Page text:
The Trump administration's approach to climate change has been an ongoing concern for the scientific community. In December, leaders of dozens of non-profit organisations published a letter urging Trump to appoint a science adviser who supports evidence-based research, and offered to help with the selection process.
They were not consulted on Trump's pick to become the next head of the EPA, Oklahoma Attorney General Scott Pruitt.
Pruitt, whose nomination has not been confirmed, said during his confirmation hearing that he does not believe global warming is taking place at a catastrophic rate and that humans are to blame. On Tuesday, Tom Carper, a Democrat and ranking member on the Senate Environment and Public Works Committee, said: "Serious questions remain about the nominee's record and vision for the agency he seeks to lead."
Reaction to the events of the week arrived in various forms:
- After the US National Park Service was ordered to stop posting on social media, a group describing itself as the Unofficial #Resistance created a non-censored feed, @AltNatParkSer.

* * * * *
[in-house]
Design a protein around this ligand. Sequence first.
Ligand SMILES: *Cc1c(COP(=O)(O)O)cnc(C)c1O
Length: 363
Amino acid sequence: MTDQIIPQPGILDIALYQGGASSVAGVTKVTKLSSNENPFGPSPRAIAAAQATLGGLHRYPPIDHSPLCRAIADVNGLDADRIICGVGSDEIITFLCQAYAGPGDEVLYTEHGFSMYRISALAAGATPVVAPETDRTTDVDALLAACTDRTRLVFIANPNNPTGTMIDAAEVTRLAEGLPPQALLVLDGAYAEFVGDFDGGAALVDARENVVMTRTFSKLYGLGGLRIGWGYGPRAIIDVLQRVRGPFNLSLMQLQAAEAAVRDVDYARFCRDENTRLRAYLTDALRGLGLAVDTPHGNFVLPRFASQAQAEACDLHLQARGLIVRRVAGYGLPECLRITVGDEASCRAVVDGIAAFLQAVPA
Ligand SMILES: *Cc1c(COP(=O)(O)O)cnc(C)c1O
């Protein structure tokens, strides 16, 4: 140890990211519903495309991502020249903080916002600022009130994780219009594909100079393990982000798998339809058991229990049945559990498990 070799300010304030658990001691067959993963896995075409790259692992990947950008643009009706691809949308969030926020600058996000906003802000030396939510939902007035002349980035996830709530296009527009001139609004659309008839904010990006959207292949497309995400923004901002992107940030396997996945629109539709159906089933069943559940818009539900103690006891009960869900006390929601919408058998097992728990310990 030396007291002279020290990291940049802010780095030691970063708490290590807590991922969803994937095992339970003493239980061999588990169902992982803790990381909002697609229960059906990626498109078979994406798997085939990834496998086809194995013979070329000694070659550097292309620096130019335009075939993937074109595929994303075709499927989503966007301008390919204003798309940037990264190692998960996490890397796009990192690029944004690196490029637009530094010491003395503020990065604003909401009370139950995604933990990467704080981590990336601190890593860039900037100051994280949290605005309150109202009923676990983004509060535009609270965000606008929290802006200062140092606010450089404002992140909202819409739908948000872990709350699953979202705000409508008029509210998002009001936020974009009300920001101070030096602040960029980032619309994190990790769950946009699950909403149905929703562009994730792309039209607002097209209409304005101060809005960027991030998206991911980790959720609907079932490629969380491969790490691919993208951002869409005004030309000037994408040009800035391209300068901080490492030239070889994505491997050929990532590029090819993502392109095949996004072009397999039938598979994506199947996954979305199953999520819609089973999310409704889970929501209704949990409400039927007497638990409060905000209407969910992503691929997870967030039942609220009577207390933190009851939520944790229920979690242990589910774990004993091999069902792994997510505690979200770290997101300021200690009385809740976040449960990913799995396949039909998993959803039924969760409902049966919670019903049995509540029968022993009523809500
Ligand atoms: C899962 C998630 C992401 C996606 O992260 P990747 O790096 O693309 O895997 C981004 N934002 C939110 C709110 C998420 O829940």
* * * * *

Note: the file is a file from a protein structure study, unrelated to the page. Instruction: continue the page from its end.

- Former vice president Al Gore announced he would co-host the climate change conference along with co-sponsors, including the Harvard Global Health Institute and the American Public Health Association. The association had been organising the event with the CDC.
- Scientists around the country began planning to protest Trump's anti-science stance in Washington with the hope of sparking a grassroots movement reminiscent of the 21 January Women's March on Washington, which drew record crowds the day after Trump's inauguration.
"There are certain things that we accept as facts with no alternatives," says a statement from the Scientists' March on Washington, which was posted on a recently created website.
"Politicians who devalue expertise risk making decisions that do not reflect reality and must be held accountable. An American government that ignores science to pursue ideological agendas endangers the world."
Organisers said they would provide details and updates by Monday 30 January.